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Last updated: July 19, 2012 4:54 pm
There was plenty of bluster on Thursday as the Co-operative Group bought a package of bank branches from Lloyds for up to £750m. Peter Marks, the Co-op boss, said it was the most significant development in high street banking for a decade. He is not the first to promise big changes. Since the financial crisis several new banking hopefuls (such as NBNK, Walton & Co and a minibus salesman called Dave starring in a TV series) have tried to set up shop but not quite made it. Those that have managed to get a bank going, such as Metro and Aldermore, remain relatively small.
One of the reasons new entrants have struggled is the need to convince investors to back the ventures. That has become harder as capital requirements have risen and potential returns have fallen. According to McKinsey, new regulations will push down return on equity in UK retail banking from 14 per cent to 7 per cent – a steeper drop than in Germany, Italy and France. It is hardly surprising that the company that ended up buying the Lloyds branches is mutually owned and not driven by returns on equity. Yet even this deal has been tweaked in the Co-op’s favour. The impact of regulation on current accounts is lighter than it is on mortgages and personal loans. The final package that Co-op will buy is more skewed towards current accounts and away from mortgages than was initially expected.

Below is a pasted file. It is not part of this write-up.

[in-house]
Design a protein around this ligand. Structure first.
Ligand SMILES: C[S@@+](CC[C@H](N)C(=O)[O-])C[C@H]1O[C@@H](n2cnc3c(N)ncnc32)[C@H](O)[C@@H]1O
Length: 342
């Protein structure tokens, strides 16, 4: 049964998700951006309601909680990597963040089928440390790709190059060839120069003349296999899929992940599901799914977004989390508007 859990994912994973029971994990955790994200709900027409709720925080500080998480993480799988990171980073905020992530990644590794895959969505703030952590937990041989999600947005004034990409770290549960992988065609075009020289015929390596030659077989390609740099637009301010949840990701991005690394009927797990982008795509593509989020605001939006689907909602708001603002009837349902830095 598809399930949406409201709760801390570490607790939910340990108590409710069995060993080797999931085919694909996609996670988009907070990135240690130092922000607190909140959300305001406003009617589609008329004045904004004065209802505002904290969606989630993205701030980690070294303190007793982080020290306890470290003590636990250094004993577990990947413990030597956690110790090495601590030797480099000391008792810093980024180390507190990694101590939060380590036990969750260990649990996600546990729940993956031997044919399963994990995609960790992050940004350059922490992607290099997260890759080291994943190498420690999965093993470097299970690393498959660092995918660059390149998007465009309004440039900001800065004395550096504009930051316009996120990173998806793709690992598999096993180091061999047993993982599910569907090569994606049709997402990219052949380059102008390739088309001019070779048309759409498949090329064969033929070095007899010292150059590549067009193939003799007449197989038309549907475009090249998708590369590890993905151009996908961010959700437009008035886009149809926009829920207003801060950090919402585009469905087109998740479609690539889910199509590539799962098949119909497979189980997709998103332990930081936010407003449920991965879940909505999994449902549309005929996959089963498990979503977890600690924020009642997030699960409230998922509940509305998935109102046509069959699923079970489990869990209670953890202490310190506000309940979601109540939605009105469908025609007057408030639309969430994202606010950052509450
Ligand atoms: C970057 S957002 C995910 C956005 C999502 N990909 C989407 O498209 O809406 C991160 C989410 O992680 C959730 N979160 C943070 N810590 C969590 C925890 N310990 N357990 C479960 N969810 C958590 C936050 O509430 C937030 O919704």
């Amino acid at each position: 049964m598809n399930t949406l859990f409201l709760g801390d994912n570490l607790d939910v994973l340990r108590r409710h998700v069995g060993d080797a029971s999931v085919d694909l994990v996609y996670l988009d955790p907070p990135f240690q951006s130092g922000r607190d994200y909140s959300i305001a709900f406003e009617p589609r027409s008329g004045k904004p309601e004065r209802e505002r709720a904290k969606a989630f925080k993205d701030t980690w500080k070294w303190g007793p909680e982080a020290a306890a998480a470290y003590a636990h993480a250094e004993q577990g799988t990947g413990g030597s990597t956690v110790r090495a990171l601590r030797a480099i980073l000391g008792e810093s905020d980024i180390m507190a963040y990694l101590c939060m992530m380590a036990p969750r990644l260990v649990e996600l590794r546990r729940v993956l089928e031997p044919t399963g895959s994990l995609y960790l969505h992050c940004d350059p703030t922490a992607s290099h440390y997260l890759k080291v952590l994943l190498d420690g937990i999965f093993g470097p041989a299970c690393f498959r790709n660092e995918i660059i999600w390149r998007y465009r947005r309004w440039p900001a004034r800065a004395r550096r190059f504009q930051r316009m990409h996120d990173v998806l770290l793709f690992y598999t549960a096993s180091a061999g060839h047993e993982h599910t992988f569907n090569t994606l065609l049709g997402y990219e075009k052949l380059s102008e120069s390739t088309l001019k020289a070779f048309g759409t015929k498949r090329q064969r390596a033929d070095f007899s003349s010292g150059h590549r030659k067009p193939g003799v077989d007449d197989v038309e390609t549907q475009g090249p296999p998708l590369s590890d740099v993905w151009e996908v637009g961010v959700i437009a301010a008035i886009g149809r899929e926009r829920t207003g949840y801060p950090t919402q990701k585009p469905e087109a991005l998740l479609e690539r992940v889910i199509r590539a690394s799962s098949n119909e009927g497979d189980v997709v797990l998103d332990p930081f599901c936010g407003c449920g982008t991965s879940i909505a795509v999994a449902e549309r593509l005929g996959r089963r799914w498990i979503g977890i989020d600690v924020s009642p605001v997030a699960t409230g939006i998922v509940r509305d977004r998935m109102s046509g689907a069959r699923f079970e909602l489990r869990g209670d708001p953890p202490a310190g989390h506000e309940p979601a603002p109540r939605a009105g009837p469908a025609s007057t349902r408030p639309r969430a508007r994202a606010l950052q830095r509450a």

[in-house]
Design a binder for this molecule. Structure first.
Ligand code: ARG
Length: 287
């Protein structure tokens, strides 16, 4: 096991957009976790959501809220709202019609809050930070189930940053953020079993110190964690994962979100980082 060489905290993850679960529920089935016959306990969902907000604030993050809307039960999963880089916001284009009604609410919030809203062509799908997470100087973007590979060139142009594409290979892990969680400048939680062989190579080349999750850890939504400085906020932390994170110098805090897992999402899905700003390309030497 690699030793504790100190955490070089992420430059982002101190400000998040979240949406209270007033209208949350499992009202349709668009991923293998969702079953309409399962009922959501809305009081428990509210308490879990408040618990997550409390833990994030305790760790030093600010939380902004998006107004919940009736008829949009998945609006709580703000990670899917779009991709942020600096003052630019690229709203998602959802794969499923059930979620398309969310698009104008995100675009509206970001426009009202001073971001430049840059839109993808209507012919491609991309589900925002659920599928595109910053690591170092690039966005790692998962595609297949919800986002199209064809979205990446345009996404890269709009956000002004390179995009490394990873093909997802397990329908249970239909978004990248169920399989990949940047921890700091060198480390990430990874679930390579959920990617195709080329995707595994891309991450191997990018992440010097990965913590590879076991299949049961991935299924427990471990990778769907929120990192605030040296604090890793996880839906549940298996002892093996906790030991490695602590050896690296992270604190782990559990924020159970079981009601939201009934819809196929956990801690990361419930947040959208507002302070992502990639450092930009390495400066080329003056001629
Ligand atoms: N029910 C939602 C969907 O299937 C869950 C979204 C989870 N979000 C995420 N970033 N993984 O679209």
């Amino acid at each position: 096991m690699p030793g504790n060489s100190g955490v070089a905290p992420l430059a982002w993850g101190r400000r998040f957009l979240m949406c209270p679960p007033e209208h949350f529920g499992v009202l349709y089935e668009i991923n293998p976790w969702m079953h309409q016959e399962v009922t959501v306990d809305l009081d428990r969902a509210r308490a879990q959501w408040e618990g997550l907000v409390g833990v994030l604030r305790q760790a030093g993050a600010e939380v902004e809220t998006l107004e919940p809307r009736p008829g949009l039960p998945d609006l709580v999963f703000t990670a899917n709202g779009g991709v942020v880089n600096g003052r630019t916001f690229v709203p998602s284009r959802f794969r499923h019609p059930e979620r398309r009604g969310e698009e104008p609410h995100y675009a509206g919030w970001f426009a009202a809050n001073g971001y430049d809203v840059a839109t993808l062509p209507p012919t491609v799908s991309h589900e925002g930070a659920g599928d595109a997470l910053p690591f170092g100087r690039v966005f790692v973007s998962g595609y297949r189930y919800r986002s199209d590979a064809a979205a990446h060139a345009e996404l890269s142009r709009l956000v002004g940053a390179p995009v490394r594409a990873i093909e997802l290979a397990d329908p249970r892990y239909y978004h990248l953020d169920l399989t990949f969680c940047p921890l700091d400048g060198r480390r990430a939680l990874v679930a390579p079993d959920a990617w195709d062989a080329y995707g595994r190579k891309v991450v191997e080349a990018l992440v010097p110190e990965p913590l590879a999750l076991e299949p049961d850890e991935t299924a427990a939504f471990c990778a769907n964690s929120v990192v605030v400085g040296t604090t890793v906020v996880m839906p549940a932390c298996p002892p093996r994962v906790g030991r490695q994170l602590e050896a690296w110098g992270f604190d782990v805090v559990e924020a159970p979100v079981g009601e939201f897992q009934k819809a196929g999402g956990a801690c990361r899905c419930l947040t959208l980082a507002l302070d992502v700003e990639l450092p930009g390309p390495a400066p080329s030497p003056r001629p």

Thursday’s deal will help competition – the Co-op will have 7 per cent of the current account market, which is not to be sniffed at. But that will only make it number six, level with Nationwide, so it is perhaps not quite as significant as Mr Marks thinks. The big four of British banking will still be the big four, and that will remain the case until better economic times and the prospect of more impressive returns attract new money into the market.
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